Organizational & Planning charts & business graphs

6 Flowchart Design Tips That Will Take Your Chart to the Next Level

Are you having a hard time crafting the perfect flow of your website? Not sure if your click-throughs are being led to the right place? It can be hard to visualize the user experience of your website without help.


Enter: a website flowchart. Good flowchart design can help you create a tailored user experience for your website readers that leads them right where you want them to go. There are certain flow chart rules that you need to follow while you’re designing your site that’ll help.


Keep reading to learn the best way to make a flowchart so you can improve your website’s flow in a hurry!

Stay Consistent

Do yourself a favor and decide upon your flowchart’s design elements ahead of time. If you’re going to use arrows, stick to arrows through the entire process. If you prefer simple lines to connect your flowchart together, that’s fine too.


Regardless of which design elements you prefer, make sure to keep it consistent. If you don’t, you’re only going to create confusion for yourself down the line.


This also goes for your color choices. Don’t worry so much about the aesthetics of your flowchart; after all, you’re the only one who’s going to see it. Instead, come up with a color key that makes sense with your website’s plan. For instance, you could make pages without actionable items yellow, and pages with options green.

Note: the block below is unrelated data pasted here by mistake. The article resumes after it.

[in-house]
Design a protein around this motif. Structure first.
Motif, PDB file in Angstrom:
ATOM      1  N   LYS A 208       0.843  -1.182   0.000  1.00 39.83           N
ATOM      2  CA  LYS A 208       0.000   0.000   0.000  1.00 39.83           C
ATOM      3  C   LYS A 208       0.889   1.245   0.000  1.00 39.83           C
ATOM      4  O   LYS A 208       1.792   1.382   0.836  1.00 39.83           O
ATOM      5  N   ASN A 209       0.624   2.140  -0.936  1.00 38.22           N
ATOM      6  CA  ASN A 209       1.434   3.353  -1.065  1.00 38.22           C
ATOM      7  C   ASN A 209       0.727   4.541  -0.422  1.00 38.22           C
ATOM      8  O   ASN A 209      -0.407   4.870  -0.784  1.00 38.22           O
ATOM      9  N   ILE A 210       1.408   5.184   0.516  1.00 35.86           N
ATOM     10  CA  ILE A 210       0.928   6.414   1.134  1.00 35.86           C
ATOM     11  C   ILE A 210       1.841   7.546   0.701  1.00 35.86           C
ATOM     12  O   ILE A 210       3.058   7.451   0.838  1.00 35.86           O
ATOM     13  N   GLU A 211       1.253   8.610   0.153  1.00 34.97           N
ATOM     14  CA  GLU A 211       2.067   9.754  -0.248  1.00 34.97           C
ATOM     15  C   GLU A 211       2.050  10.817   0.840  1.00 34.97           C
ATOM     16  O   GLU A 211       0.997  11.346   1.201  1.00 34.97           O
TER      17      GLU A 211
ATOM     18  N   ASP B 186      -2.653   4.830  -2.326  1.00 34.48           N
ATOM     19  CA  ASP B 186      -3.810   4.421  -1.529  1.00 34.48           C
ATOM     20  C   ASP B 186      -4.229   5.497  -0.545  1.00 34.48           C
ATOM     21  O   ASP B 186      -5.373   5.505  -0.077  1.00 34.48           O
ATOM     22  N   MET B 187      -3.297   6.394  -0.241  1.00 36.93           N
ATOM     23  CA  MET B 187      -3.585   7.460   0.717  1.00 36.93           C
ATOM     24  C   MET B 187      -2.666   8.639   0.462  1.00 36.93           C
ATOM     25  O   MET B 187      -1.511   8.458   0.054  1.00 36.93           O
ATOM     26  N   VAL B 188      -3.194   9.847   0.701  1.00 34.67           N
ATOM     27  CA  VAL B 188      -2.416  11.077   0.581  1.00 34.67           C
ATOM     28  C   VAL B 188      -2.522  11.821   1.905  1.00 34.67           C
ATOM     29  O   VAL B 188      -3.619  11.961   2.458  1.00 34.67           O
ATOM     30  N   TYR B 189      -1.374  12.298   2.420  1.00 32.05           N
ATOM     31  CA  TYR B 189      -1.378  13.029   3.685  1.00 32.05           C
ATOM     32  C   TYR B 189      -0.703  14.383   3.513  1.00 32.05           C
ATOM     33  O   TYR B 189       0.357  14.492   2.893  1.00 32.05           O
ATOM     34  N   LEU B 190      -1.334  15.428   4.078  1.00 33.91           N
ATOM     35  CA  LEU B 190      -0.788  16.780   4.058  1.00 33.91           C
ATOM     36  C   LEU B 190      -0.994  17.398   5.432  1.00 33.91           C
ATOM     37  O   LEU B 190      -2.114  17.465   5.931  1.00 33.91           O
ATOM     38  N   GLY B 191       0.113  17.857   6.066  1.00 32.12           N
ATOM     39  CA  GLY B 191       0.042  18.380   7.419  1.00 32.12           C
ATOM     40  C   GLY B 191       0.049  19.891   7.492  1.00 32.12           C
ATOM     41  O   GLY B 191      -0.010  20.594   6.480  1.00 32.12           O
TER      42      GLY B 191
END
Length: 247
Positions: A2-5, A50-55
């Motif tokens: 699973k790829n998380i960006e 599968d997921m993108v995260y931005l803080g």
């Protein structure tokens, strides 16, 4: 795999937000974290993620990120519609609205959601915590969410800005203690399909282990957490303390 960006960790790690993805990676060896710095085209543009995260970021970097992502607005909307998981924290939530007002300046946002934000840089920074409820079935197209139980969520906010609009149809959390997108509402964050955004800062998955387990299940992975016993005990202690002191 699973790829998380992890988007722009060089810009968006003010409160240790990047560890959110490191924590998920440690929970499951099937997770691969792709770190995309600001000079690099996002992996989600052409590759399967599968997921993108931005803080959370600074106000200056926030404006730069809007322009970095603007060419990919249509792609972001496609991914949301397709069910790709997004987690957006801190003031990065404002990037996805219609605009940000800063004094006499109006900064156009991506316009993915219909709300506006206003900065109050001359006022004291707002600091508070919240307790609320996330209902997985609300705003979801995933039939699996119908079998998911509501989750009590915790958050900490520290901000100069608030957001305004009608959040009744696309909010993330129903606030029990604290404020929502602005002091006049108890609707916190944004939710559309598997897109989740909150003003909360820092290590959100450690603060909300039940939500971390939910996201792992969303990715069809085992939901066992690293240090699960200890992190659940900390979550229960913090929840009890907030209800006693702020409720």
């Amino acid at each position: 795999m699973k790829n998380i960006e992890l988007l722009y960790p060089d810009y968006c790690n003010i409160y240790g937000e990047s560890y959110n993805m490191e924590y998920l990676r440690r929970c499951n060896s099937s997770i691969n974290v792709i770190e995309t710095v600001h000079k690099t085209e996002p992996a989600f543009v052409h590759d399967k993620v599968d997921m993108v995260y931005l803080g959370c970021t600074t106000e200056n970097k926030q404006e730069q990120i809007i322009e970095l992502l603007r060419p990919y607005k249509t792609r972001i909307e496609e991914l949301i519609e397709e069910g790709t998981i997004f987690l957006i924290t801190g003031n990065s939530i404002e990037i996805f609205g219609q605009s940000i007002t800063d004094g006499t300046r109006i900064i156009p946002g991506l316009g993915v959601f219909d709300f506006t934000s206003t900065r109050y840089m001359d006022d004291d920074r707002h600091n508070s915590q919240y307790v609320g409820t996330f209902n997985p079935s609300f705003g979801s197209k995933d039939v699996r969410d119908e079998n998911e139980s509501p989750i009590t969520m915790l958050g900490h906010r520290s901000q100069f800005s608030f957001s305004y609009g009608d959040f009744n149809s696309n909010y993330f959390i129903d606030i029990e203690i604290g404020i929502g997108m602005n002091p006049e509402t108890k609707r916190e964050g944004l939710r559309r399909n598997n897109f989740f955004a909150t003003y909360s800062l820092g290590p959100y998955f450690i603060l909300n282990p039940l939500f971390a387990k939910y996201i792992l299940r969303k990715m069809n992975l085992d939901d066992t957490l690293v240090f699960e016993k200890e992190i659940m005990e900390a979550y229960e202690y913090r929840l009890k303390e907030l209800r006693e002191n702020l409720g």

Keep It Simple

Nothing is more confusing than a messy flowchart with a thousand shapes and lines on it. You might think this is unavoidable for large projects, but that’s not the case. You might even be a super thorough person who wants to break down every single step of a smaller process.


Don’t worry. You can.


If your flowchart needs to encompass a whole slew of processes that can’t be left out, simply create a hyperlink to another flowchart. Instead of hosting every subprocess on your master chart, creating smaller ones on different pages will clean it up a little.


For example, say you host a mini quiz on your website. Depending on the user’s quiz results, they’ll be directed to a different sales page of your website, each offering a service or product that’s tailored to that quiz result.


Instead of including all of that on your main flowchart, create a separate one that outlines where each quiz result will lead. On your main chart, simply insert a link to your quiz results flowchart within the quiz page square.

Orient Properly

What’s your strategy for your website’s flow chart?


Are you trying to create a funnel in which you lead potential customers through your site, eventually landing them on your sales page? Or are you trying to tell a story, taking them from point A to point B, in an effort to inform them about your brand or business?


Orient your flowchart accordingly. If you’re going for a funnel, orient it from the top down, so you can visualize the process you’re taking your visitors through as it’s actually happening. If your site’s purpose is to tell a story, orient your flowchart from left to right, the natural progression of reading.